Mulberries – Morus SPP.: Edible & Medicinal Uses of the 1 Endangered vs. 1 Invasive Tree of Wild Plants

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In Ojibwe, mitigwaabimin+ag, Ontario’s local red mulberry is precariously close to extinction. The Asian white has taken over and hybridized with the red. Only around 200 true red mulberries are left.

Mulberries (morus SPP.) are absent from Haliburton Flora; just its relations hops and marijuana made the cut. I have seen them around, likely all planted for landscaping. While there is an extremely rare native red mulberry (morus rubra), it grows in Carolinian zones south of here. If you have spotted a mulberry it is almost certainly the Asian white mulberry (morus alba) or a hybrid.

Other species of trees facing imminent extinction in Ontario are American chestnut (castanea dentata), cucumber tree (magnolia acuminata), butternut (Juglans cinerea), and cherry birch (betula lenta).

Mulberries - Morus SPP.
Mulberries – Morus SPP. – hybrid?

Edible Uses of Mulberries

The ripe mulberries are edible, but the unripe berries and sap from the leaves and raw shoots are toxic, even hallucinogenic, and can irritate skin. Shoots can be picked when leaves are beginning to unfurl – wearing gloves and eye protection is recommended. After boiling for 20 minutes the shoots are safe to eat.

The berries don’t ripen simultaneously. You can place a sheet on the ground and just shake the ripe ones off. Many will retain tiny stem fragments, and you can leave them on if you wish. The berries dry and freeze well. They can be used in pies and other desserts, wines and other beverages. For jams you’ll need to add pectin or combine it with a pectin rich fruit.

Ripe white mulberries are a pale pink. There may be some purple mixed in from hybridization – the two I’ve seen are likely not red (m. rubra) however the berries were dark. Red mulberries are a more scrumptious dark purple.

Medicinal Uses of Mulberries

Mulberry is primarily said to support these body systems:

  • Integumentary

Medicinal tags include Anthelmintic, Astringent, Diuretic and Hallucinogen. See Medicinal tag key for more information.

Common usage includes the toxic sap used for treating ringworm or parasitic worms, but there are modern treatments that are gentler and won’t risk a trip. And, in case you skipped the edibility bit, the sap can cause skin irritation. Hence it’s recommended to wear protective gloves and glasses when handling it.

White mulberry has traditional astringent uses like for colds and sore throat. But especially in Chinese medicine it’s used for a much longer list of ailments including but not limited to anemia, tinnitus, and vertigo. In the West it seems more of an emphasis is placed on its nutritional value. It’s one of the many berries you can find in supplement form.

Alternative Uses of Blackberry Tree

The wood can be carved.

Growing Morus SPP.

There are just over 200 native red mulberry trees in Canada (most near Dundas Valley, Point Pelee, Pelee Island and Rondeau Provincial Park) and declining. Because we imported white mulberry from Asia and it hybridized, our reds don’t produce pure offspring. The native mulberry is more shade tolerant, with huge sandpaper leaves as big as your head. The pure leaves are almost round like a basswoods. If you have a mulberry, it’s likely white or a hybrid. People would love to get their hands on pure red mulberry, and I’ll be sure to update this page there’s a way in the future. Here’s more about the effort to save red: Not planting a white mulberry is way to help, as birds can spread the seeds far and wide. Here’s a pdf to review if you have a white mulberry.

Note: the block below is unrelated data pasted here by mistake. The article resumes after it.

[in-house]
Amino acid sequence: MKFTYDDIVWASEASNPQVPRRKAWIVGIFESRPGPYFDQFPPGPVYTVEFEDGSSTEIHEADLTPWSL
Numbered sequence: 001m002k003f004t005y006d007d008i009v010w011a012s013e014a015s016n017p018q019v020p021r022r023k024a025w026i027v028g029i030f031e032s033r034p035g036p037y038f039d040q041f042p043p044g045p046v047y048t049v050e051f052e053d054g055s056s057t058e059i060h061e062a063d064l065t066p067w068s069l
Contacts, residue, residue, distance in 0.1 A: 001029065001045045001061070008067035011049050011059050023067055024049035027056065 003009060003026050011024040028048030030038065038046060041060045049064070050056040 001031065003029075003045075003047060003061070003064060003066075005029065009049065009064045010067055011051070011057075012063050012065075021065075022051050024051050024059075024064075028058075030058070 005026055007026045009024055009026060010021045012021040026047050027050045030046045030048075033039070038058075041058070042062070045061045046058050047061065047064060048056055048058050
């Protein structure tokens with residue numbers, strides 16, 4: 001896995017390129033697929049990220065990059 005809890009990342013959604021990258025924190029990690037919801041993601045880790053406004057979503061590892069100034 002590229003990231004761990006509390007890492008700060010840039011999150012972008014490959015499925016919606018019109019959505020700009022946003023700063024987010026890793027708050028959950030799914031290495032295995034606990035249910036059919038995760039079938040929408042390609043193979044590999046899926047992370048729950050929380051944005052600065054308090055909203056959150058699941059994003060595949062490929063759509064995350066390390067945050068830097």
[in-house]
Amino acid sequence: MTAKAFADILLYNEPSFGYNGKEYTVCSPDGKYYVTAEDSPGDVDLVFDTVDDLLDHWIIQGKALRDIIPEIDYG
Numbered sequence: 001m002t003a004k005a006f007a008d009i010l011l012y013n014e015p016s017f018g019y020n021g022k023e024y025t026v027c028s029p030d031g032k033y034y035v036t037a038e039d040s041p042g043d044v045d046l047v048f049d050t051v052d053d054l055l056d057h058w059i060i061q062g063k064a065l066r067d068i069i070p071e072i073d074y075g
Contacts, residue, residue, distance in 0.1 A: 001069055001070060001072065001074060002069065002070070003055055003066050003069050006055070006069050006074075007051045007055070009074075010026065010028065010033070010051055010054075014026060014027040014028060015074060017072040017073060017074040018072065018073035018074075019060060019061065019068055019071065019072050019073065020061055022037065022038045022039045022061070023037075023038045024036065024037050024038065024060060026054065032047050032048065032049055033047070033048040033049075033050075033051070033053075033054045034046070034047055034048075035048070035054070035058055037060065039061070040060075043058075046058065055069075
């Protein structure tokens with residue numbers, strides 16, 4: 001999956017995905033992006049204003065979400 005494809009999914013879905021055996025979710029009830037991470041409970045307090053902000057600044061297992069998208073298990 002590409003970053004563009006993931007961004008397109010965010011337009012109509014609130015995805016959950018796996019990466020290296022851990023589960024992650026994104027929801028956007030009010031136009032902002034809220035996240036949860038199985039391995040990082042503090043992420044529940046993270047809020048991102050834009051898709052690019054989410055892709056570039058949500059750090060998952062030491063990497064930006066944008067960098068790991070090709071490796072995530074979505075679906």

Up here in Haliburton, we’re far from the zone in question. Of Ontario’s endangered trees, butternut is here in Haliburton county. “If you find Butternut on your land, you may be eligible for stewardship programs that support the protection and recovery of species at risk and their habitats.” – The Ministry of the Environment, Conservation and Parks (info here).


Allergy sufferers beware – mulberries produce a lot of pollen.

The sap is toxic and can cause skin irritation.

And the Usual Cautions:

1) Most medicinal herbs, if edible, are meant to be eaten in moderation, even sparingly. Some require extra preparation. Tannins are toxic if consumed in excess.

2) People can be allergic or sensitive to nearly any plant; try new herbs one at a time at your own risk. For instance, saponins commonly cause stomach upset.

3) For medicinal use, I must recommend receiving a diagnosis and working with a reputed health care provider. I generally do not post specific treatments and dosages because I think that is best between you and your health care provider, and ideally monitored.

4) Anyone pregnant, nursing, or taking prescription drugs should talk to a health care professional before adding new food items to their diet.

5) Many plants have look-a-likes, and sometimes they are poisonous.

#ads in References

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Stalking The Wild Asparagus (Field Guide Edition).

Edible and Medicinal Plants of Canada

Planting the Future: Saving Our Medicinal Herbs

Northeast Foraging: 120 Wild and Flavorful Edibles from Beach Plums to Wineberries (Regional Foraging Series)

Encyclopedia of Herbal Medicine: 550 Herbs and Remedies for Common Ailments

Field Guide to Medicinal Wild Plants

Field Guide to North American Edible Wild Plants (Out of Print)

The Herb Book: The Most Complete Catalog of Herbs Ever Published (Dover Cookbooks)

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